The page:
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Thanks to NetGalley and Atria/Emily Bestler Books for providing an ARC in exchange for an honest review.

Release Date: February 11th, 2020

384 Pages

Synopsis: In this terrifying thriller, a supernatural force—set in motion a century ago—threatens to devastate New York City.

Far upstate, in New York’s ancient forests, a drowned village lays beneath the dark, still waters of the Chilewaukee reservoir. Earlier in the 20th century, the town was destroyed for the greater good: bringing water to the millions living downstate. Or at least that’s what the politicians from Manhattan insisted at the time. The local families, settled there since America’s founding, were forced from their land, but they didn’t move far, and some didn’t move at all…

 Now, a century later, the repercussions of human arrogance are finally making themselves known. An inspector assigned to oversee the dam, dangerously neglected for decades, witnesses something inexplicable. It turns out that more than the village was left behind in the waters of the Chill when it was abandoned. The townspeople didn’t evacuate without a fight. A dark prophecy remained, too, and the time has come for it to be fulfilled. Those who remember must ask themselves: who will be next? For sacrifices must be made. And as the dark waters begin to inexorably rise, the demand for a fresh sacrifice rises from the deep…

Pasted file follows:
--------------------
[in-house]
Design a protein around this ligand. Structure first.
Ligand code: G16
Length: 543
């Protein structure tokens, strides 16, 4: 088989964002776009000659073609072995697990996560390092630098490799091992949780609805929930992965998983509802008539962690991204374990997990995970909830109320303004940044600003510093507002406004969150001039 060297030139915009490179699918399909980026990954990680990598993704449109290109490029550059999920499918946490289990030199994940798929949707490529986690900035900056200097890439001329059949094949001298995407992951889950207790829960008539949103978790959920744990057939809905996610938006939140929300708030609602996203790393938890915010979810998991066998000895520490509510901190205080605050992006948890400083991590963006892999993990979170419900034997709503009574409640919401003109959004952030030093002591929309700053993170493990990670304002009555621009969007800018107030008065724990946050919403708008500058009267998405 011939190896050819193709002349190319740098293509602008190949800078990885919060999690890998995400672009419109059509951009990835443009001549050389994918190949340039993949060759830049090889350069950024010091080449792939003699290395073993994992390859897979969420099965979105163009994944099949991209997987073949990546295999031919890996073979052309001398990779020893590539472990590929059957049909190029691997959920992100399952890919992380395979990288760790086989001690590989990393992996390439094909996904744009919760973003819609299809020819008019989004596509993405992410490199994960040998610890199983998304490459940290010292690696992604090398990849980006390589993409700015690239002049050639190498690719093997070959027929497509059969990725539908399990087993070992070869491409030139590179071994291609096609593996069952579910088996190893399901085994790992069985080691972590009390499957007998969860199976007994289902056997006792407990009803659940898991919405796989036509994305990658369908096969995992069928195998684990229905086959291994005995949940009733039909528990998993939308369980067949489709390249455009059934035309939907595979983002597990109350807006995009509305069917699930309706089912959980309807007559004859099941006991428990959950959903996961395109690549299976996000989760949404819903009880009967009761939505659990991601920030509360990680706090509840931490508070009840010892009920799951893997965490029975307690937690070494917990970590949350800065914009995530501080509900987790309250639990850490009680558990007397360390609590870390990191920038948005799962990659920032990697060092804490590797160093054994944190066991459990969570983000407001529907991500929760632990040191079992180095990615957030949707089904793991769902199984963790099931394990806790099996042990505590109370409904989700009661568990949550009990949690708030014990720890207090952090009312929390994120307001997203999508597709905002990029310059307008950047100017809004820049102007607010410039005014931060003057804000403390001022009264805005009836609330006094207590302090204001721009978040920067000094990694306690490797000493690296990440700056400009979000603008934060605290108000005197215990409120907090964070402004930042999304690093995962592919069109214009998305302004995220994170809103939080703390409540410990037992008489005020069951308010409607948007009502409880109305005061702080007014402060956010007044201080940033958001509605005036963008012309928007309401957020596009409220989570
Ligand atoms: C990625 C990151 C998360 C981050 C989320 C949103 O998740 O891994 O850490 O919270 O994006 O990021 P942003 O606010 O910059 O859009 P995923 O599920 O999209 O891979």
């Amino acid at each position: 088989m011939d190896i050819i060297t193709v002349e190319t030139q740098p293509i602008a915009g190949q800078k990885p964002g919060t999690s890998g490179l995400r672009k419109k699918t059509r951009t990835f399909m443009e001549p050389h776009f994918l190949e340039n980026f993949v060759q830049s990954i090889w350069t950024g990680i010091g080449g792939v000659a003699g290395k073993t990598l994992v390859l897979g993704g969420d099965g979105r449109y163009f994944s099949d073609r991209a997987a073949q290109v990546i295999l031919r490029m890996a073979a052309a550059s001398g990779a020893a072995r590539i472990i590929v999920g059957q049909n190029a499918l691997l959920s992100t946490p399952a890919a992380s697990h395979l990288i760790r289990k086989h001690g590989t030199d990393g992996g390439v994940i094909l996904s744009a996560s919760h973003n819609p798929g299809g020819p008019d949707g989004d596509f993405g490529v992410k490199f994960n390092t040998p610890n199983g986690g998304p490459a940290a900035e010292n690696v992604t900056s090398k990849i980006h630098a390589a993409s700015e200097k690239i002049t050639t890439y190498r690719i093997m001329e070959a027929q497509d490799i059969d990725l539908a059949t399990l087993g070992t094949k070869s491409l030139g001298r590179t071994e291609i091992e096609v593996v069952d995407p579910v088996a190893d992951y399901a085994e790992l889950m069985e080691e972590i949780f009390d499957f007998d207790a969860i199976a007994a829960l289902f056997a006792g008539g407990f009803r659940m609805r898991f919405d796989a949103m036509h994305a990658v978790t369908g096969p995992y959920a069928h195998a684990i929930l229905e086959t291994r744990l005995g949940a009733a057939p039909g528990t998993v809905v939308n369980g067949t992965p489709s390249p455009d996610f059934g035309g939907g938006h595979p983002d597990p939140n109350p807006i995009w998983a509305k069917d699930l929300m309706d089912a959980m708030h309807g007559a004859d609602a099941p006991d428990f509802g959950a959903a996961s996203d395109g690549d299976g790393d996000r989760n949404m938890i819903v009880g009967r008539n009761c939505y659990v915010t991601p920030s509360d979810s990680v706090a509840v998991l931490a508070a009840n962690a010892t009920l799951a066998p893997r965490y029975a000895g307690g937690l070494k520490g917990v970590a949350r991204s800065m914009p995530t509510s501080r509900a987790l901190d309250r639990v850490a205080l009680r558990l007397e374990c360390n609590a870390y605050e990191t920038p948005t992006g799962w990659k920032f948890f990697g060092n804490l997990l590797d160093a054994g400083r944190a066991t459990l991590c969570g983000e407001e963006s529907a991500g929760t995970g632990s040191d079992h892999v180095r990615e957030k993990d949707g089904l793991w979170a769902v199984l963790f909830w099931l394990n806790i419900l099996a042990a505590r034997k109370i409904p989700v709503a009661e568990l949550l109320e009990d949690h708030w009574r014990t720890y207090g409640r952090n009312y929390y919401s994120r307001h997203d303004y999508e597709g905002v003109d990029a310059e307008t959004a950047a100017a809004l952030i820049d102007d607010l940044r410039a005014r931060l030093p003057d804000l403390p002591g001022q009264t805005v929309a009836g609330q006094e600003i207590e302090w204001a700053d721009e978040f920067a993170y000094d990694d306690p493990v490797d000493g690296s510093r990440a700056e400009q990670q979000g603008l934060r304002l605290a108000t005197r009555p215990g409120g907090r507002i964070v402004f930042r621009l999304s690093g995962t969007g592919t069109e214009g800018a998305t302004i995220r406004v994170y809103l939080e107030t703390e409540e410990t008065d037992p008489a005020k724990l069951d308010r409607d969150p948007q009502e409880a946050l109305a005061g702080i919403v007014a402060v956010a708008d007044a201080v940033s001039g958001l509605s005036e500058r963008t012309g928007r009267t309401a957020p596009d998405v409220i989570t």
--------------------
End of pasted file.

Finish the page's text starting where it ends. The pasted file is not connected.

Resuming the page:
The Chill by Scott Carson (a pseudonym from a bestselling author), is a slow burning horror tale that gives an interesting twist to real life “drowned communities.”

I was interested in this story initially because I grew up a fairly short distance from the Quabbin Reservoir in MA and remembered my dad telling me stories of the communities displaced in order to form the largest body of water in the state. What I loved about this fictional story is the empathetic and thoughtful exploration of the sacrifice demanded of inhabitants of these towns and farms. This is a character-driven story which follows multiple people who are fully fleshed out and add interesting layers to the complex plot.

The story itself is slow at times due to the insertion of a plethora of technical details concerning dam construction and water tunnels, but the tension-building suspense nonetheless kept my attention until the very last page. Overall, The Chill is a perfect example of storytelling that may not be action-packed, still packs an emotional punch. It’s also a timely reminder of humanity’s tendency toward embracing baser instincts such as greed and outright stupidity, something I believe will resonate with many readers. I highly recommend this to fans of Michael Koryta.